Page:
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Why the CFO is no longer just a number cruncher

Assumptions of chief financial officers are often outdated, and organisations that are repositioning them at the centre of the business are making enormous gains

Senior executives may need to rethink the responsibilities allocated to their chief financial officer (CFO). A role once seen as little more than the chief steward of spreadsheets, invoices and expenses is now tomorrow’s leader, using technology and advanced forecasting methods to plot a company’s path.

According to a report earlier this month by Deloitte, dramatically entitled The meteor is coming: the role of the private equity-​backed CFO, investors are now expecting the CFO to be the figure who drives technological change, good governance and investment returns.

“From a traditional, backward-​looking number cruncher, they want the role of the CFO to switch to a forward-​looking chief value extractor, with sufficient vision to foresee and navigate the changes ahead and make the greatest contribution to value from day one,” explains Andy Halls, lead partner for Deloitte’s Private Equity-​Backed Programme.

While this survey looked specifically at private equity-​backed CFOs, the sentiment of a changing role is echoed throughout industry.

Peter White, CFO of Hyperoptic, a broadband provider employing more than 1,300 staff, says companies of all kinds are now repositioning the role of the CFO, right into the centre of the business.

“CFOs need to ensure they get involved in all aspects of decision-​making,” he says. “Using data and insight to support decision-​making helps a business to achieve its goals and ultimately this approach enables you to become a trusted partner who is invited to contribute.”

Mr White says today’s CFO is far less focused on the reporting of historical numbers and issues arising from compliance, accounts and taxation. Instead, the role of the CFO has an emphasis on future forecasting through the use of detailed historical analytics.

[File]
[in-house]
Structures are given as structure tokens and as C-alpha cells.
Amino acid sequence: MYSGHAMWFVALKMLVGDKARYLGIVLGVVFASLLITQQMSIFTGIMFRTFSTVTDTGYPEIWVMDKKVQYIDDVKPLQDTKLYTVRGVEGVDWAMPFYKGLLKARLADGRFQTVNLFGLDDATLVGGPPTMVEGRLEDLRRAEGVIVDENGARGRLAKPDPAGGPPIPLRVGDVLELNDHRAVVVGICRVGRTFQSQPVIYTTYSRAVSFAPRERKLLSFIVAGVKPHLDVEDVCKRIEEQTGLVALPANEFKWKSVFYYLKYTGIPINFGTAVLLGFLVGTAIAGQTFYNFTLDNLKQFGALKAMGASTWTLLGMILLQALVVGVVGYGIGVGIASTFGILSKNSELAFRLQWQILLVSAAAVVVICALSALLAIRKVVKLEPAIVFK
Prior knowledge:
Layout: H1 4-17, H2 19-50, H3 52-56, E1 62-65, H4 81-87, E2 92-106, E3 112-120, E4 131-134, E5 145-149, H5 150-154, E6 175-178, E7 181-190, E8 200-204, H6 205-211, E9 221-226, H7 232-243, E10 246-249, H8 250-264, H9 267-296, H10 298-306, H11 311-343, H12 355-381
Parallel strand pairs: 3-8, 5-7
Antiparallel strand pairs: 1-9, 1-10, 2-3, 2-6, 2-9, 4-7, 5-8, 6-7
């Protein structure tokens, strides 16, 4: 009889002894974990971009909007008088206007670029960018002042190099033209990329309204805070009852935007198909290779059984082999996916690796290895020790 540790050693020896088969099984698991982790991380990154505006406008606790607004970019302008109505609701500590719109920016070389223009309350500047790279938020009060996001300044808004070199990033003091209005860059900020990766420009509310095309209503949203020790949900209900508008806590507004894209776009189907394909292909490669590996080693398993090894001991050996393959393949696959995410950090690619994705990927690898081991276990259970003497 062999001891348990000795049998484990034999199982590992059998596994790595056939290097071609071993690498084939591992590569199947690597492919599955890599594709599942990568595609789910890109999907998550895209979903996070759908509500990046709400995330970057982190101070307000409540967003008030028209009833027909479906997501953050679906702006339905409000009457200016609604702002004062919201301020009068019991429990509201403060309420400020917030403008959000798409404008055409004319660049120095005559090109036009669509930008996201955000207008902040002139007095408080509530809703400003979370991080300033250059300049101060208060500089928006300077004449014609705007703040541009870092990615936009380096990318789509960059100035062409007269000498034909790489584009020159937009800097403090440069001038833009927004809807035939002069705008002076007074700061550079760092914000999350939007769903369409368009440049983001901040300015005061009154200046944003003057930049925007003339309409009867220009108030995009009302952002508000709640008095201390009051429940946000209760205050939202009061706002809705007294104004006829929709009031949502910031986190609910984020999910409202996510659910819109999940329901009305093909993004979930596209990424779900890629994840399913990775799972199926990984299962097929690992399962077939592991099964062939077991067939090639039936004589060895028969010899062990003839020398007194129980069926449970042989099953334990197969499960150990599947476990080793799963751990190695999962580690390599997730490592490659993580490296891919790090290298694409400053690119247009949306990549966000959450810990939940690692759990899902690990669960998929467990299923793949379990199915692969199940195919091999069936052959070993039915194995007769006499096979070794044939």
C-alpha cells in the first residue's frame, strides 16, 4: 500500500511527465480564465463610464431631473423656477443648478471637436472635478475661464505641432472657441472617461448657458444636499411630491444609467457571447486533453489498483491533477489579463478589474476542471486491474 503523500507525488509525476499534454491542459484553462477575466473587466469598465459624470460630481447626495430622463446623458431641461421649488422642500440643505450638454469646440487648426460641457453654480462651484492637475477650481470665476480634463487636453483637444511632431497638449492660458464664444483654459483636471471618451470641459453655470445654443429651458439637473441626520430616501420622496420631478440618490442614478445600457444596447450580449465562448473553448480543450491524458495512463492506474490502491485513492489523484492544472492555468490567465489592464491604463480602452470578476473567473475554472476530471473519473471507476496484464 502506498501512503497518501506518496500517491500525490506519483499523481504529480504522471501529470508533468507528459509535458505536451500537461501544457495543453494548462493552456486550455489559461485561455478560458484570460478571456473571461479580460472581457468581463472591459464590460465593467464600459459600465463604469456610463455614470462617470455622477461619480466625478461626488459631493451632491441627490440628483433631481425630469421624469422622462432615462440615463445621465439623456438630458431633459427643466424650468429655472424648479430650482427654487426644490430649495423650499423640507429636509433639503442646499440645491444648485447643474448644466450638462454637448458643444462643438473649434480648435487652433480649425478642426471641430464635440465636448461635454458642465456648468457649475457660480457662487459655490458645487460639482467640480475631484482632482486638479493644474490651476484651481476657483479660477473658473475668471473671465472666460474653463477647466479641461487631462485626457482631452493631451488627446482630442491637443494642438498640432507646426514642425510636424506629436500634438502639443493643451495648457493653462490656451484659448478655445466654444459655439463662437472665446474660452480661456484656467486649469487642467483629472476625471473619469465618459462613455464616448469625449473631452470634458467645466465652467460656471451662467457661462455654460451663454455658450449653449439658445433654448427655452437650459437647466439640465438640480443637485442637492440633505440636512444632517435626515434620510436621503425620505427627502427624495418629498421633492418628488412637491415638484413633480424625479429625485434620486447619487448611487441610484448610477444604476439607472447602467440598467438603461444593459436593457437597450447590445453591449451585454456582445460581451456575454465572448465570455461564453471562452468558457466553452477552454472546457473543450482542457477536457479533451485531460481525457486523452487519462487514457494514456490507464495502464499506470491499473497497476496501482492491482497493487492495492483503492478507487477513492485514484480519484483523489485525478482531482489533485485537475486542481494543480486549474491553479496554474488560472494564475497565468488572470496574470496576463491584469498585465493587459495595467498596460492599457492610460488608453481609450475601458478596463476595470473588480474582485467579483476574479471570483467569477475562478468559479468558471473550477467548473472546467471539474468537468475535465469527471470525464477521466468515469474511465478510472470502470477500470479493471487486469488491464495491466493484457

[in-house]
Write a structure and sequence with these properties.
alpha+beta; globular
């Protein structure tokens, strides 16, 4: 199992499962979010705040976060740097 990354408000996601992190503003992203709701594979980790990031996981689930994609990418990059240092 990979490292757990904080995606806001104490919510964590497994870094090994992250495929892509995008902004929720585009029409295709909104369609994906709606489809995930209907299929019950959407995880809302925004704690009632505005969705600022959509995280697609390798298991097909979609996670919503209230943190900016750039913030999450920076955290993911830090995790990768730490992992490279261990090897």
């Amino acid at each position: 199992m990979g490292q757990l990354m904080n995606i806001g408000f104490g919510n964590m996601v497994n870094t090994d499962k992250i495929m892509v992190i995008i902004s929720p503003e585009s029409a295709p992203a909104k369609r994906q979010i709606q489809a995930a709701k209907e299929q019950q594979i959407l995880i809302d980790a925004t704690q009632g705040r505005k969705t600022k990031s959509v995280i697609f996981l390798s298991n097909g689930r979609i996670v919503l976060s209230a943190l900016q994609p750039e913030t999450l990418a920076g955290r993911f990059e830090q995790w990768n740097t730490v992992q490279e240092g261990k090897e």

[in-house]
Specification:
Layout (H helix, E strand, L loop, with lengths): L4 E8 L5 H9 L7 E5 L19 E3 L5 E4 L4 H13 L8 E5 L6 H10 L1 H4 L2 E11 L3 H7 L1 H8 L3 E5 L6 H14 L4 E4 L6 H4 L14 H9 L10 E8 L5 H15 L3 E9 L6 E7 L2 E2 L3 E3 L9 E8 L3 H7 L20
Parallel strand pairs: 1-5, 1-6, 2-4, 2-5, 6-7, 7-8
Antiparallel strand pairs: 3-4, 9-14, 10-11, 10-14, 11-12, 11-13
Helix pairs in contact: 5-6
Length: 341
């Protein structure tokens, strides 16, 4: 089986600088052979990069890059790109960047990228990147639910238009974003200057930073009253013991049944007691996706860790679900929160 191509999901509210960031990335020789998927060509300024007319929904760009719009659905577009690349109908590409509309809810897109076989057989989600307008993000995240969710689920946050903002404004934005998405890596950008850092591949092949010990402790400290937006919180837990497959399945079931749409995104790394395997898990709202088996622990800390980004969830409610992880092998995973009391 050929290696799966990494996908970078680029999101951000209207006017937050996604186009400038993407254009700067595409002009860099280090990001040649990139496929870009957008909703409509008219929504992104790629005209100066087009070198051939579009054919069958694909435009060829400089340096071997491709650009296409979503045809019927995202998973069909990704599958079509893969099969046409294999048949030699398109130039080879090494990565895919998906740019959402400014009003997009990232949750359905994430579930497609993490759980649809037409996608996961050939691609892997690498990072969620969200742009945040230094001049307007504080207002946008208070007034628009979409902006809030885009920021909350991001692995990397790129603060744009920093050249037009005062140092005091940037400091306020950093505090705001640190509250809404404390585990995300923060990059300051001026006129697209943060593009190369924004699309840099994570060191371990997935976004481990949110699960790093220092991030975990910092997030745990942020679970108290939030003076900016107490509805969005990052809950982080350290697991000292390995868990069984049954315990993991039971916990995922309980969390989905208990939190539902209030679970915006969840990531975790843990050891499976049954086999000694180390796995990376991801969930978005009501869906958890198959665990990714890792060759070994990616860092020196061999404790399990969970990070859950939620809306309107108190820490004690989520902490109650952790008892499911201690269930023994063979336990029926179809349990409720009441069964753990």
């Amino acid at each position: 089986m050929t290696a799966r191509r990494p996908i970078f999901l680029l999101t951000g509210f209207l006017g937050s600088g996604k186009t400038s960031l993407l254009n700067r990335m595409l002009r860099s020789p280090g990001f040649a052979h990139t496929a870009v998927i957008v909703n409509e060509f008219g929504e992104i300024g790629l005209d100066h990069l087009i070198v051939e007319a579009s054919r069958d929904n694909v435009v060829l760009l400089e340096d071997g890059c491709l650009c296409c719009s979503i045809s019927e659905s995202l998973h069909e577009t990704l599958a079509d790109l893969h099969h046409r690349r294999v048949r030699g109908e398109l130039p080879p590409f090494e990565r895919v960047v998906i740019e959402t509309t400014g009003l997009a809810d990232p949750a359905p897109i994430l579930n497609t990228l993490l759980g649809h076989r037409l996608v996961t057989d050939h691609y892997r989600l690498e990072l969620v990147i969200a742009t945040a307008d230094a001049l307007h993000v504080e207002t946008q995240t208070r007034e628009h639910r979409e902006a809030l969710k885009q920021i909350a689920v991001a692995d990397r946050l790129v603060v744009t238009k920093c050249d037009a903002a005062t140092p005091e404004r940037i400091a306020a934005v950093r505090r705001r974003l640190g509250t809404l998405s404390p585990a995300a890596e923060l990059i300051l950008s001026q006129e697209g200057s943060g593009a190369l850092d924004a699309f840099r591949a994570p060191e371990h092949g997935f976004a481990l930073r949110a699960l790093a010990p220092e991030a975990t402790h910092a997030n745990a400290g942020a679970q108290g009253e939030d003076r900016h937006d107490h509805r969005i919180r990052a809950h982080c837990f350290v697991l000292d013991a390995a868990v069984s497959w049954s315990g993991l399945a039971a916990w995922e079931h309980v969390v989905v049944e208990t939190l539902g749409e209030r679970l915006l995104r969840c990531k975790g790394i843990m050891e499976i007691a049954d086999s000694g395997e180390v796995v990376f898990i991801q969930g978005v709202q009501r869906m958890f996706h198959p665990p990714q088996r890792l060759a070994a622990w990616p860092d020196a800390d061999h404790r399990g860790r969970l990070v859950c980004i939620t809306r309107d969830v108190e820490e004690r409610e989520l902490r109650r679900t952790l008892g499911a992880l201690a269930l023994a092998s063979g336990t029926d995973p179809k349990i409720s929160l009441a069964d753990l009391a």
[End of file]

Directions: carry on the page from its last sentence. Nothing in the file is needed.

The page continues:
“CFOs have a wider remit with responsibility for key performance indicators, corporate drivers and analytics as well as for ‘lag’ financial reporting,” he says. “All aspects of the role are important to an organisation, but without a firm grasp and understanding of the day-​to-​day and near-​term forecasts, the ability to add value to the long-​term business plan will be severely restricted.”

Updating the CFO relationship status

As the role is evolving, so too is the relationship between the CFO, fellow executives and other departments within the organisation.

“The past ten to fifteen years has seen a significant rise in the value of the finance business partner,” says Jon Bell, CFO at PXP Financial. “There has been a realisation that finance professionals, who can combine strong analytical abilities, commercial acumen and ‘people’ skills, add some real value through effective and informed decision-​making. Many organisations have taken the decision to embed these individuals into the day-​to-​day business.”

Technological advances have enabled finance directors to scrap the monthly management reports of old, replacing them with real-​time interactive models, which all divisional managers can feed into. Potentially, this means organisations have a clearer picture than ever of any headwinds, which may challenge revenues, productivity and profitability.